Russians are locked up again, but this time from outside. And then?

After the discussion about censorship of Russian culture, there are now voices for the accomplice Russians to be denied visas for Europe. The poet Lev Rubinstein, frequent guest at Poetry International, remembers all too well what the isolation of the Soviet years meant for Russians. A Russian was ‘exitable’ or ‘non-exit’. It didn’t solve anything and it always hit the wrong people, he writes for Republic.

by means of Lev Rubinstein

Everyone is talking these days about the rather nervous and not too balanced initiatives of various more or less official characters from the civilized world. These initiatives can be summarized briefly in the phrase – which is completely understandable, for that matter: ‘Russian citizens have no business in Western foreign countries’. Let those citizens sit at home, because in the eyes of the western world each of them is somehow associated with the government of the state, whose citizens they are.

That is a rather weak position and I am sure it will be corrected in some way soon. But I repeat, however logically unstable that position may be, psychologically it is, if not justified, at least understandable.

Not so long ago, another theme dominated the debate, no less vehement and just as leaning towards the philosophy, practice and poetics of the absurd: the theme of the need for a symbolic, if not literal, abolition of Russian culture, which, in all its manifestations and examples, carried within itself the potential of an original, eternal and ineradicable imperialism.

In my consciousness, those two themes merged, when I remembered that the person, who tacitly embodies that same Russian culture, that is, the main national genius of our homeland, [de dichter Poesjkin- noot vertaler] was not allowed to leave his country.

Exitable or non-exitable

That word also existed in Soviet times: nevyjezdnoj (non-exit – adjective meaning someone had no right to leave the country – translator’s note]. Consequently, the word also existed vyjezdnoj (exitable). Yes, the population of the country was then divided into those two categories, which were, to put it weakly, totally unequal.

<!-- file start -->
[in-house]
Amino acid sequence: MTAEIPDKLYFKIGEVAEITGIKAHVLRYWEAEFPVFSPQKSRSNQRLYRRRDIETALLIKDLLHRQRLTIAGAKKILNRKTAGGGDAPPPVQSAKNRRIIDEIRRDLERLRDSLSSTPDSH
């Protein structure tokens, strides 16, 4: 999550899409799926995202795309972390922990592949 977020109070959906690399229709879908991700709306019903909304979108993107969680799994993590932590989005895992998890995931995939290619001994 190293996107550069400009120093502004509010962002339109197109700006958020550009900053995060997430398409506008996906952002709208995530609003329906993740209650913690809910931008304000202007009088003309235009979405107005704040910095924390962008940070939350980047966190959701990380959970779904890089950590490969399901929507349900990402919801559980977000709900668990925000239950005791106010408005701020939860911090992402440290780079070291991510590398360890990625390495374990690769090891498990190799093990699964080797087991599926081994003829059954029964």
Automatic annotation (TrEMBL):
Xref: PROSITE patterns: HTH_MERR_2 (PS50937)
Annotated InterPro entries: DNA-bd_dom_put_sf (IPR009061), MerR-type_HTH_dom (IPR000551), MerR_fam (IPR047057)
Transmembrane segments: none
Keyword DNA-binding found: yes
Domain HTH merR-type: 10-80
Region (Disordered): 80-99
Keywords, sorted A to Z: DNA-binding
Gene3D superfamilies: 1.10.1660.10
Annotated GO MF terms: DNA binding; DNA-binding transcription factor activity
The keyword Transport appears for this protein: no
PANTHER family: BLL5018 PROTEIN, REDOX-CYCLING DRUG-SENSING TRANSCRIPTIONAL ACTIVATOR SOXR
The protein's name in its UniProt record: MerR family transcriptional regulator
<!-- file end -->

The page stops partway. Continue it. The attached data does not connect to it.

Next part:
‘Exitable’, of course, were diplomats and their families. And also employees of various foreign trade organizations. And also some performers from some theaters. In addition to some musicians from certain orchestras. As well as some other characters.

I remember an interview with film director Sergei Mikhalkov from the late 1970s [dichter van maar liefst drie verschillende politiek-correcte versies van het volkslied van Sovjet-Unie respectievelijk Rusland – noot vertaler]. Chatting about his family, he said, “My boys were struck by their curiosity from an early age. They traveled now to France, now to England or Italy. They got to know the world, so to speak’.

The rest of the population – and that was the vast majority – was forced to get to know the world mainly from books, from ‘cropped’ Western films or from travel programs on television. I remember how long the phrase of one of those programmers kept running through my mind: “Sydney greeted us with a torrential rain.”

For my generation and for my environment, abroad was a semi-mythical phenomenon. We knew there had to be some kind of ‘West’ somewhere. For us, that was partly a fabrication, a utopia. That it even existed led us to metaphysical doubt.

It reminded us of its existence only through the rare visits of foreign friends to Moscow, and also through the occasional proofs of its authenticity in the form of books, records and packets of Marlboro.

Emigration as the only option